How and When does strategic CSR work? : Experimenting the Impact of Brand Equity and Persuasive Story on Consumer Response to Imitated CSR Initiatives
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- Master Thesis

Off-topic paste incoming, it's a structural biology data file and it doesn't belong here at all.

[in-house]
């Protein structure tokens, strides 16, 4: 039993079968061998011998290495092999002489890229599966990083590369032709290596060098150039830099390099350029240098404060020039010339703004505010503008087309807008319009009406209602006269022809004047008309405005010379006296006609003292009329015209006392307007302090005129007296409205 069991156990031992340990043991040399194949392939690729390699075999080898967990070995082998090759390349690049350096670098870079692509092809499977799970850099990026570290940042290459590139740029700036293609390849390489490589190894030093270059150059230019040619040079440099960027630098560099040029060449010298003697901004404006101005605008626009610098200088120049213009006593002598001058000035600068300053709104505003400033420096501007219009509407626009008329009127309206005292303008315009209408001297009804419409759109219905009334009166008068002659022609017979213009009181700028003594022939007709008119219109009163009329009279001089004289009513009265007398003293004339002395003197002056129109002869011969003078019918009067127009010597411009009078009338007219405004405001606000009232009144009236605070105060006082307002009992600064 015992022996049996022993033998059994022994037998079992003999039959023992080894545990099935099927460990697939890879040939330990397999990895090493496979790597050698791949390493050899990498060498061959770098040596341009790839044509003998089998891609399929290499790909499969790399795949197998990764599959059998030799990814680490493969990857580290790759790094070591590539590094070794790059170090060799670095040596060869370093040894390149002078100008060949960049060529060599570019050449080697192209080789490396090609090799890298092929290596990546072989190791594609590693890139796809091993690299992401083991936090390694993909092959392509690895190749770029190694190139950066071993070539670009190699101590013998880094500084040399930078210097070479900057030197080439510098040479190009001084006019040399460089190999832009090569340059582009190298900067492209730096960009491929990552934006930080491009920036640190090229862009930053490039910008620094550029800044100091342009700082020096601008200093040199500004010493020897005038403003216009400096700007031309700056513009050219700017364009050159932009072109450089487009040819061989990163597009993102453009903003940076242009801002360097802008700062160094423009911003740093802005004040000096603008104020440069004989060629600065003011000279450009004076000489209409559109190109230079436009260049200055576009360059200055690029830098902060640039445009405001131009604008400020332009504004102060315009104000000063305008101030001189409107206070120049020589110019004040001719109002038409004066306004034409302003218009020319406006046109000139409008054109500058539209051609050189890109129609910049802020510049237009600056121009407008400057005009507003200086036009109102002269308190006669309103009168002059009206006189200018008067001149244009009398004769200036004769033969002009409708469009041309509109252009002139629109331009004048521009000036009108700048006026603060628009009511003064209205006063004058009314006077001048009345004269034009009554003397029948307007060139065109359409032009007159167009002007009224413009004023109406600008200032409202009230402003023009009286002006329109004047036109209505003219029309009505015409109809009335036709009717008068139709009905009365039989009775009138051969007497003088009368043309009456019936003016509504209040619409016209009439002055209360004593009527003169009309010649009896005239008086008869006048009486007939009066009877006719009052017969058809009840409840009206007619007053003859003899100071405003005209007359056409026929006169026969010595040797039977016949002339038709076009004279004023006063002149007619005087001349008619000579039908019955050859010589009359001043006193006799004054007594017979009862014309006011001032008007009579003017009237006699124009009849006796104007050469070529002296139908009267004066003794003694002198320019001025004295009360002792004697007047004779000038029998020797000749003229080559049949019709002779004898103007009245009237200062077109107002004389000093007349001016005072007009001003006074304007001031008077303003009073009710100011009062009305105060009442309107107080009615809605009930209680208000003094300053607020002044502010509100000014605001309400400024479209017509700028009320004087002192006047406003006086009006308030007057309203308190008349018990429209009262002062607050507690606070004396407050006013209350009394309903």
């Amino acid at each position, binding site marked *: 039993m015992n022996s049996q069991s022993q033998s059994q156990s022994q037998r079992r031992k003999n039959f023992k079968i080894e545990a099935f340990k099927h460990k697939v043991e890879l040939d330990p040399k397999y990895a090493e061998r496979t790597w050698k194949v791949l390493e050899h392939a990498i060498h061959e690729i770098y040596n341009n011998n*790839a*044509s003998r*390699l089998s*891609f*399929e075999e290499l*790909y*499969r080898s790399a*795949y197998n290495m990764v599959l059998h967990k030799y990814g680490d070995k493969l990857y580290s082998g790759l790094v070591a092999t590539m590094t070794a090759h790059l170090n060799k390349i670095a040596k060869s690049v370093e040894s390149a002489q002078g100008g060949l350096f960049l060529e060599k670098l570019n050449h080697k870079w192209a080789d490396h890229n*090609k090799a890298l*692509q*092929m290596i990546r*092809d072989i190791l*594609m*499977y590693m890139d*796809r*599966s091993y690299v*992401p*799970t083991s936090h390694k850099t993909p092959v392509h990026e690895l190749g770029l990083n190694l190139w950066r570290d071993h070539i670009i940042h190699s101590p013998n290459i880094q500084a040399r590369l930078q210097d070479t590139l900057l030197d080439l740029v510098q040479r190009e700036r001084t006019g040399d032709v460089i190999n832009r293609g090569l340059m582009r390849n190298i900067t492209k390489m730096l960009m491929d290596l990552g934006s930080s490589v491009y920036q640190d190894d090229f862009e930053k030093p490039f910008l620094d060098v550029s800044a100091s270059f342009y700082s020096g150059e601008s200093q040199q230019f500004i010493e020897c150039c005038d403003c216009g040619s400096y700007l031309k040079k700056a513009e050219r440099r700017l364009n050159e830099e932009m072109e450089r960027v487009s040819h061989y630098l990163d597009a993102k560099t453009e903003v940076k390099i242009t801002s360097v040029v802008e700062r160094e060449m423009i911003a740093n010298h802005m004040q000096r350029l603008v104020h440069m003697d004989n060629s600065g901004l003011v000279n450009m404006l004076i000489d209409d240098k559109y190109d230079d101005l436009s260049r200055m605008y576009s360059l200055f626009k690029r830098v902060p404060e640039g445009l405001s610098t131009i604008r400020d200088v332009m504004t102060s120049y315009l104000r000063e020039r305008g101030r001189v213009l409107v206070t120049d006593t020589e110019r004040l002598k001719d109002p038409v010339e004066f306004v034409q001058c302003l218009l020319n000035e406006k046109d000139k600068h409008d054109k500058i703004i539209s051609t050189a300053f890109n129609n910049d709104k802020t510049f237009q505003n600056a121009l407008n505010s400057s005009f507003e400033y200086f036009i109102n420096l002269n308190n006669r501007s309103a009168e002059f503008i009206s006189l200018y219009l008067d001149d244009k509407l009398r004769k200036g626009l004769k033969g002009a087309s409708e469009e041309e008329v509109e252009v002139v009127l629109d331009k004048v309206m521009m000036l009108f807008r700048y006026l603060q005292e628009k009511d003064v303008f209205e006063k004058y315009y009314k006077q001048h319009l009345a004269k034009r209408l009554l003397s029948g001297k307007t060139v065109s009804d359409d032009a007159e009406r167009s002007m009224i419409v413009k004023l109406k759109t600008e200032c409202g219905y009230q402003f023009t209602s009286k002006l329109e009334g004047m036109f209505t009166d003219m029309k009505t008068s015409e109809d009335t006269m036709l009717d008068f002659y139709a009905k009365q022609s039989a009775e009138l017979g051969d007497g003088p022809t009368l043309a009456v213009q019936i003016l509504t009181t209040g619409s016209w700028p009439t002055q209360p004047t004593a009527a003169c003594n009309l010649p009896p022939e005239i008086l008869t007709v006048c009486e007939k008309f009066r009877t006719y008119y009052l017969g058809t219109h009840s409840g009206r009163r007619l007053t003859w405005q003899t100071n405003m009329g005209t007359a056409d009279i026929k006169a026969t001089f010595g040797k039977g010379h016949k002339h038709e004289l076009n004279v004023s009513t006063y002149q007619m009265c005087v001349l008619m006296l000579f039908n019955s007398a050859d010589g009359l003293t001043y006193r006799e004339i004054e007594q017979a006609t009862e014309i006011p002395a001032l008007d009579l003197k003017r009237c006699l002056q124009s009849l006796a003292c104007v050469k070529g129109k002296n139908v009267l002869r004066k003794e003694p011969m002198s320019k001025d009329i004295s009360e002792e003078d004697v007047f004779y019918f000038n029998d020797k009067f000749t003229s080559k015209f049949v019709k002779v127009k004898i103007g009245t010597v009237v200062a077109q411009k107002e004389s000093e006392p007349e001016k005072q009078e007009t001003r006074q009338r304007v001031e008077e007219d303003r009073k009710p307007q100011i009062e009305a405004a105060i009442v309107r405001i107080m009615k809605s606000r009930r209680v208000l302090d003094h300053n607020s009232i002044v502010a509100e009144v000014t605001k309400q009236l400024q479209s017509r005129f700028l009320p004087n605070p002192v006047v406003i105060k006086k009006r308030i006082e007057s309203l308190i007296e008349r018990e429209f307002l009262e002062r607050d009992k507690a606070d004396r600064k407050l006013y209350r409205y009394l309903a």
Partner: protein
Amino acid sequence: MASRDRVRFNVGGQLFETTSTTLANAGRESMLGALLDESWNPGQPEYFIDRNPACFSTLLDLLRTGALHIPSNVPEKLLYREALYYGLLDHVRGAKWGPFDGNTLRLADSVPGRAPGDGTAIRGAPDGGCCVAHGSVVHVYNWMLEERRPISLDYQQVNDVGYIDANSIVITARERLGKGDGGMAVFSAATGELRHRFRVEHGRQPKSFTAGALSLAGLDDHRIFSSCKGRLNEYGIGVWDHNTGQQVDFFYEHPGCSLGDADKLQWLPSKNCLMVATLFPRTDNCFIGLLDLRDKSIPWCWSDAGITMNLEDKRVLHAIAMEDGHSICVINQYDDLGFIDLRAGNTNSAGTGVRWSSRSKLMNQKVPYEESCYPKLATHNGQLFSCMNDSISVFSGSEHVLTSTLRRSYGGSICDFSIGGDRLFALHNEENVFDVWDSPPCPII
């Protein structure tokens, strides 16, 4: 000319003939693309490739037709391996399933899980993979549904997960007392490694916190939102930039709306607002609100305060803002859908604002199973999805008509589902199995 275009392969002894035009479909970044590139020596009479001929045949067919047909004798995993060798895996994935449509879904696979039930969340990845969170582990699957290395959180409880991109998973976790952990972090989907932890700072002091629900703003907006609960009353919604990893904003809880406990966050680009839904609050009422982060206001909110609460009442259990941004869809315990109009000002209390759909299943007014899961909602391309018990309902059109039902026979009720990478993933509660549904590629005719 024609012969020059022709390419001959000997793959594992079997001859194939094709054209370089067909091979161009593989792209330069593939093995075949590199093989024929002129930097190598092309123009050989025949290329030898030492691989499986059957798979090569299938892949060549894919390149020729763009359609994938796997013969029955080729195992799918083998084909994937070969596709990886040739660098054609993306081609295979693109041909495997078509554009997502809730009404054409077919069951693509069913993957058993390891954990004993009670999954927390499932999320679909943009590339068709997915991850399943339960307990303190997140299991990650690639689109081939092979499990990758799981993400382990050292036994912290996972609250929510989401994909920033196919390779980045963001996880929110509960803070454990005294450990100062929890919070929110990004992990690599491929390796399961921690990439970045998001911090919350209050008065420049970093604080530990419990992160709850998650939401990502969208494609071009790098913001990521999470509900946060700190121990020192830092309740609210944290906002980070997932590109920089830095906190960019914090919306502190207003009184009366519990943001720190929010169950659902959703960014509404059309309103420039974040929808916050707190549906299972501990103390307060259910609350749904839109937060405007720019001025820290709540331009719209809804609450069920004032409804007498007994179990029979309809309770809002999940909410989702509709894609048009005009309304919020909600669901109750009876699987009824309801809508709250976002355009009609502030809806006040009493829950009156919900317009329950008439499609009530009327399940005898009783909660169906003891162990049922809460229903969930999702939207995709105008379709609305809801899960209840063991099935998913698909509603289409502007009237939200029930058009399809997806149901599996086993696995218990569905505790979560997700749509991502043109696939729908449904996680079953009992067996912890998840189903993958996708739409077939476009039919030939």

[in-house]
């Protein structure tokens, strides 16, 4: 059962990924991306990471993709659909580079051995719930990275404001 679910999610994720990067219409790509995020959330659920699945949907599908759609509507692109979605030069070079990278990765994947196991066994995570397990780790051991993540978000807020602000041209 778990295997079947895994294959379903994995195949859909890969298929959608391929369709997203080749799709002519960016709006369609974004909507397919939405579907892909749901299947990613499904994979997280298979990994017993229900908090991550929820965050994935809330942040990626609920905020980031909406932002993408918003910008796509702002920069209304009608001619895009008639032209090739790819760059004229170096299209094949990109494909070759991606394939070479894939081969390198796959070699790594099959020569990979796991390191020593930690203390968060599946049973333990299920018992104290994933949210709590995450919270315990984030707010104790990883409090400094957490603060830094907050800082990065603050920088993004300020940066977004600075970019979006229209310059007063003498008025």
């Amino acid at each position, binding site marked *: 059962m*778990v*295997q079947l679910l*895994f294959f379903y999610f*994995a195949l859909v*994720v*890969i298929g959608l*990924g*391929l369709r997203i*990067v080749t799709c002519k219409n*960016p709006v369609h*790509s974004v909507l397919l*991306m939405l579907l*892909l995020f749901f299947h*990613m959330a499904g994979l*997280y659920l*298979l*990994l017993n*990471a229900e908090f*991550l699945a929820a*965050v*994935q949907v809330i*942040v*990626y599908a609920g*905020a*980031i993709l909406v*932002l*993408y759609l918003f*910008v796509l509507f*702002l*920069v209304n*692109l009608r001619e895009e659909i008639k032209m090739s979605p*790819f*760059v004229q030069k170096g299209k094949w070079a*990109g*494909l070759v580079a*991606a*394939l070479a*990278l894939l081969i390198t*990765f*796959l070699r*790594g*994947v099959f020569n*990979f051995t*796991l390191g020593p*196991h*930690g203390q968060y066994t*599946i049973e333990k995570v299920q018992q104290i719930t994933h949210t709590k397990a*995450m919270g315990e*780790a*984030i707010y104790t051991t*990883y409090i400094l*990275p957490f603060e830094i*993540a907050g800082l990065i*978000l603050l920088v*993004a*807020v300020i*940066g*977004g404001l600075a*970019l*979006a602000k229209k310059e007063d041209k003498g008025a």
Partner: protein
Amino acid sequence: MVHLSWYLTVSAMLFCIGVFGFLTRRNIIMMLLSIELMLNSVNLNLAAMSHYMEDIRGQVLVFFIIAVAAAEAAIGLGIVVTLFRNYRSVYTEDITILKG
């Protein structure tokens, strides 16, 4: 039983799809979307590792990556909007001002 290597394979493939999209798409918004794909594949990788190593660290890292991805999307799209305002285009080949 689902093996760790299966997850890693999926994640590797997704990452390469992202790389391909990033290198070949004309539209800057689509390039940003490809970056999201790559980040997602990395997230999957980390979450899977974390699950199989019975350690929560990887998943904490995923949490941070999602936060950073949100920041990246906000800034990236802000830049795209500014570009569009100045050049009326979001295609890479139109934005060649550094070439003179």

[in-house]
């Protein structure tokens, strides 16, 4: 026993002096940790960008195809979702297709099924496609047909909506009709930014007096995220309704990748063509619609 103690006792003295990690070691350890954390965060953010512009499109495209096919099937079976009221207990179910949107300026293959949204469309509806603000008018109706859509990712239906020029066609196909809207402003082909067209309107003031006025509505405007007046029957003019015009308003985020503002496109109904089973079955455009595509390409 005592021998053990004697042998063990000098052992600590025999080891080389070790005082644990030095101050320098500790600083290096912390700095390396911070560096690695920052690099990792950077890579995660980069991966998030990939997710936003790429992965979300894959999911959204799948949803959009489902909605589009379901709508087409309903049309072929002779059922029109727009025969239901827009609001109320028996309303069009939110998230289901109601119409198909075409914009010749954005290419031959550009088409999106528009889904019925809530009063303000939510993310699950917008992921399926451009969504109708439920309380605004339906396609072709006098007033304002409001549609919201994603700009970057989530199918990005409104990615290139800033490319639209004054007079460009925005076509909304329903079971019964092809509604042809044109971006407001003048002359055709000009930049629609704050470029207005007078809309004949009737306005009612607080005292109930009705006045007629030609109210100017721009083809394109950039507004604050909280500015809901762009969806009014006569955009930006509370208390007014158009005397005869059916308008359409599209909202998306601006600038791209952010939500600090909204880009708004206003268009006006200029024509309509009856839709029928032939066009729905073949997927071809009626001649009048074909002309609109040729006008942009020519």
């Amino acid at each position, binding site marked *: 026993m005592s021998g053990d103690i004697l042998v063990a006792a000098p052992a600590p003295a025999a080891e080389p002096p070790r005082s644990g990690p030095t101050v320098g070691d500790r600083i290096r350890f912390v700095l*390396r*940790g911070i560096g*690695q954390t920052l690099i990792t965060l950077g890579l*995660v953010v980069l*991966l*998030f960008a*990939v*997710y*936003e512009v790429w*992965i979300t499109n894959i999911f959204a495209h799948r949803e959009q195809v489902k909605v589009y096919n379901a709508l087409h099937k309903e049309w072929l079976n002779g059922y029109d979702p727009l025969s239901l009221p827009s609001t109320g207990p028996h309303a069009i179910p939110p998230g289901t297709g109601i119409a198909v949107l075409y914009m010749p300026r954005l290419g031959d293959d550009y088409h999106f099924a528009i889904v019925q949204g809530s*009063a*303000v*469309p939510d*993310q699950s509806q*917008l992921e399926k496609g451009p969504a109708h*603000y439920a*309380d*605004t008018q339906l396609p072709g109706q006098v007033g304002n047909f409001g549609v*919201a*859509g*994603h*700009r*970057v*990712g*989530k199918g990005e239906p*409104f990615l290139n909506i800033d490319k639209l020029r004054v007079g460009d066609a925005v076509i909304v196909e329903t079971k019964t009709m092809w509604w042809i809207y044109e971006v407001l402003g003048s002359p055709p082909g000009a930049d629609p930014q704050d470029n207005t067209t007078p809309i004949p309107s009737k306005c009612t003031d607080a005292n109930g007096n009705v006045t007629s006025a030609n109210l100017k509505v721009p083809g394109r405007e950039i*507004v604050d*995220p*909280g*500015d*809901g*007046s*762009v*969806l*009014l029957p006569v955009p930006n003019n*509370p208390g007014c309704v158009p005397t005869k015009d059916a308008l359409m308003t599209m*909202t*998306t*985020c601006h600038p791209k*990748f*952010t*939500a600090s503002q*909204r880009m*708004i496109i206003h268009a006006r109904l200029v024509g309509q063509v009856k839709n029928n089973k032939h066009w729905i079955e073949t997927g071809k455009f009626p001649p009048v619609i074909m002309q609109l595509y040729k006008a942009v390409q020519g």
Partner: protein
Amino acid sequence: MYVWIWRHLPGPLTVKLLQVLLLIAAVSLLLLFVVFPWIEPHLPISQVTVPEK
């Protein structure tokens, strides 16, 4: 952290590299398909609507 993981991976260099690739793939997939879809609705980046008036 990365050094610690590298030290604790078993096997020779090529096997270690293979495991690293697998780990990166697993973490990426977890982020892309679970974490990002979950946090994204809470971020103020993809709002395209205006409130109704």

TOMS is a shoe company that gives away a pair for each pair you buy. In light of their success, the imitator BOBS entered offering similar shoe design and the same buy one give one initiative. Corporate Social responsibility (CSR), by its definition, is a noble cause that benefits society, thus, one would expect consumers' response to BOBS would be equally favorable as they didi to TOMS. However, this was not the case (Jørgensen & Pedersen, 2013). Intrigued by the story of TOMS vs BOBS we arrived to the following decision problem: How can companies that imitate CSR initiatives alleviate unfavorable response from consumers? In order to operationalize this research question, two specific questions were investigated: (1) Can brand equity alleviate consumers' unfavorable response to imitated CSR initiatives, and (2) Can a persuasive story alleviate consumers' unfavorable response to imitated CSR initiative? These questions were addressed with a 2x2 factorial design experiment where the dimensions were known brand/unknown brand and persuasive story/ no persuasive story. The persuasive story yielded significant main effects on product attitude and purchase intentions. However, simple effects analysis revealed that it was persuasive story alongside the known brand that provided the significant results. The implication for managers is that persuasive story with a strong brand can jointly bring forth more favorably consumer response to imitated CSR-products. Interestingly, the present study found significant correlation between perceived sincerity of the company and perceived fit (between CSR initiative and the company), recognizing that this correlation may not necessarily mean causation, future studies may consider investigation of the causal analysis between the two variables.